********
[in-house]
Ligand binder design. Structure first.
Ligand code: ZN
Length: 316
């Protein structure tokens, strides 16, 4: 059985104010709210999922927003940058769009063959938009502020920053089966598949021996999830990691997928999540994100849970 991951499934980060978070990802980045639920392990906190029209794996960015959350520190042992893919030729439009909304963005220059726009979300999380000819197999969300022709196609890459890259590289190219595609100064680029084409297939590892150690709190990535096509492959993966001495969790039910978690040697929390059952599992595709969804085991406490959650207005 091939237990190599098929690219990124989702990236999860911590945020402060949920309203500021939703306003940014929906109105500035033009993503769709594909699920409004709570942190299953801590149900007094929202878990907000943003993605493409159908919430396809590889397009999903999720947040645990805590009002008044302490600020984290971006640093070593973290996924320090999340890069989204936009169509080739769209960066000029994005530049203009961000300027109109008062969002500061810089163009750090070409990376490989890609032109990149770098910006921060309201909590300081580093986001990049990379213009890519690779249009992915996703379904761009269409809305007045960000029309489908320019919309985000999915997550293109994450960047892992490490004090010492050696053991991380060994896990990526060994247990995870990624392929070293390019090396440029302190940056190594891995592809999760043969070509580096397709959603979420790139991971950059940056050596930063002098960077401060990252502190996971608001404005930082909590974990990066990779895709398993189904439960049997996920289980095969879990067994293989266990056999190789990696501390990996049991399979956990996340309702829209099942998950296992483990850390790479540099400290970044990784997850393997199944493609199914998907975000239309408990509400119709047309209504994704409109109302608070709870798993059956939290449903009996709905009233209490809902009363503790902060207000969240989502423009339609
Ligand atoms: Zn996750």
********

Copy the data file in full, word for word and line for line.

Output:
[in-house]
Ligand binder design. Structure first.
Ligand code: ZN
Length: 316
């Protein structure tokens, strides 16, 4: 059985104010709210999922927003940058769009063959938009502020920053089966598949021996999830990691997928999540994100849970 991951499934980060978070990802980045639920392990906190029209794996960015959350520190042992893919030729439009909304963005220059726009979300999380000819197999969300022709196609890459890259590289190219595609100064680029084409297939590892150690709190990535096509492959993966001495969790039910978690040697929390059952599992595709969804085991406490959650207005 091939237990190599098929690219990124989702990236999860911590945020402060949920309203500021939703306003940014929906109105500035033009993503769709594909699920409004709570942190299953801590149900007094929202878990907000943003993605493409159908919430396809590889397009999903999720947040645990805590009002008044302490600020984290971006640093070593973290996924320090999340890069989204936009169509080739769209960066000029994005530049203009961000300027109109008062969002500061810089163009750090070409990376490989890609032109990149770098910006921060309201909590300081580093986001990049990379213009890519690779249009992915996703379904761009269409809305007045960000029309489908320019919309985000999915997550293109994450960047892992490490004090010492050696053991991380060994896990990526060994247990995870990624392929070293390019090396440029302190940056190594891995592809999760043969070509580096397709959603979420790139991971950059940056050596930063002098960077401060990252502190996971608001404005930082909590974990990066990779895709398993189904439960049997996920289980095969879990067994293989266990056999190789990696501390990996049991399979956990996340309702829209099942998950296992483990850390790479540099400290970044990784997850393997199944493609199914998907975000239309408990509400119709047309209504994704409109109302608070709870798993059956939290449903009996709905009233209490809902009363503790902060207000969240989502423009339609
Ligand atoms: Zn996750």